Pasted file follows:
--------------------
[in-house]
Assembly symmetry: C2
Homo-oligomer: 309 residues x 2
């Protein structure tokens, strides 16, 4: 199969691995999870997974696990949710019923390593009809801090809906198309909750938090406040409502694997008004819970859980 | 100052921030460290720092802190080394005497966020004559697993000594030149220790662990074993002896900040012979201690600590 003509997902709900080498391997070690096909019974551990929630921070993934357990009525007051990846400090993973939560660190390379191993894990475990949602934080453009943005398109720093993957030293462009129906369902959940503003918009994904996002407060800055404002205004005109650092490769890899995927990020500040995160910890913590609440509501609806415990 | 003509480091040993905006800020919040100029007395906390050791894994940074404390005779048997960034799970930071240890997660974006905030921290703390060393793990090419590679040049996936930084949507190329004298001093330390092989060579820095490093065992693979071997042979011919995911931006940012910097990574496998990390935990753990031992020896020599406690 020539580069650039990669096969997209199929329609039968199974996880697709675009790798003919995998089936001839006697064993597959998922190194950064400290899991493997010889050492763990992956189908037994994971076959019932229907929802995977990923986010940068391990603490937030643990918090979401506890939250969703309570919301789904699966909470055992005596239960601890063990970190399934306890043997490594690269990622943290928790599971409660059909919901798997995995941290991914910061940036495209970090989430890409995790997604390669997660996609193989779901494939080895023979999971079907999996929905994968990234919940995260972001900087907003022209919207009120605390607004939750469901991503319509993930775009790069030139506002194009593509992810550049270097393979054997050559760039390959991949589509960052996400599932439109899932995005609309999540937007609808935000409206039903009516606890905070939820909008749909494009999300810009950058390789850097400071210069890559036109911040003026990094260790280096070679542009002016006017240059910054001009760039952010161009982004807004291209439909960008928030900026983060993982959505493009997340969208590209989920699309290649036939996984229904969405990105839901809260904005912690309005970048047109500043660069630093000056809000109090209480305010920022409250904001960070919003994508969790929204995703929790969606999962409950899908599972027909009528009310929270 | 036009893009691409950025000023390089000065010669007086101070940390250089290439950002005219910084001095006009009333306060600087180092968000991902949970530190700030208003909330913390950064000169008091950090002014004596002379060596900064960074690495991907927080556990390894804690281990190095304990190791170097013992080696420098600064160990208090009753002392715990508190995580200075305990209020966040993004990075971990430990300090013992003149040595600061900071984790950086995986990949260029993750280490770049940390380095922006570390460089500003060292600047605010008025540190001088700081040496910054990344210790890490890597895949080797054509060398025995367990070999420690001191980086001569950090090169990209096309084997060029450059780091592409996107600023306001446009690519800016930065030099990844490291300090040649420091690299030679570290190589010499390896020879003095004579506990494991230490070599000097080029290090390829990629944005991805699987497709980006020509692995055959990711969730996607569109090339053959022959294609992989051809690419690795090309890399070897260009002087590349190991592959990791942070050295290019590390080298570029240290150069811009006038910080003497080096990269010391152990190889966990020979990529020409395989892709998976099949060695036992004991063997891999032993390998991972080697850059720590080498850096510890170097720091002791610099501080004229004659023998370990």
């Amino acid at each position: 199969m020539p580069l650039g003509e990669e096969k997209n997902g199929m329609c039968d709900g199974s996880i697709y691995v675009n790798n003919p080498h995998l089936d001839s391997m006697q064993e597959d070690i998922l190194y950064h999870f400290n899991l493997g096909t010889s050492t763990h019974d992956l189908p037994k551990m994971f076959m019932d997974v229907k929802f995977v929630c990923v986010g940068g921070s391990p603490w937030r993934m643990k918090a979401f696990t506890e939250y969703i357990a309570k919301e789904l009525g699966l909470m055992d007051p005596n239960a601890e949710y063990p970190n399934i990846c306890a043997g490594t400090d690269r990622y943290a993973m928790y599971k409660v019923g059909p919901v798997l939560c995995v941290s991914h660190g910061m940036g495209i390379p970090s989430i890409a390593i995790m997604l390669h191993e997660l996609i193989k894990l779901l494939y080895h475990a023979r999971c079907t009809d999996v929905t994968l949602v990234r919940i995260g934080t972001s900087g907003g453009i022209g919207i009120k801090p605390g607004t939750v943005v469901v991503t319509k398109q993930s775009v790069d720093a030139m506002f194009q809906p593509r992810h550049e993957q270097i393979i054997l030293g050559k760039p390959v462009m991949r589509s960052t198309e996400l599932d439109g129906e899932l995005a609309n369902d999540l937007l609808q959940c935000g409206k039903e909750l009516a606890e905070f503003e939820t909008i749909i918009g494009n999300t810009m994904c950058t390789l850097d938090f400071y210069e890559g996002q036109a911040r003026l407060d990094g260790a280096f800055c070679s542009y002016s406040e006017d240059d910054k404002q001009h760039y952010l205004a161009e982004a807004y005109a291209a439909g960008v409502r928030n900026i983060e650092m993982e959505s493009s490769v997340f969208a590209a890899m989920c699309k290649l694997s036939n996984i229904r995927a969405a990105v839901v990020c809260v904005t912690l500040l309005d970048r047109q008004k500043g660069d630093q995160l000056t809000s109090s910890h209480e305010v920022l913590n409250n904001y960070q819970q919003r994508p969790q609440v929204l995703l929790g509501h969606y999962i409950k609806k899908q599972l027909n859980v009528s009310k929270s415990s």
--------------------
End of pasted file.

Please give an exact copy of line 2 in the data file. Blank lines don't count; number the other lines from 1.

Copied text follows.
Assembly symmetry: C2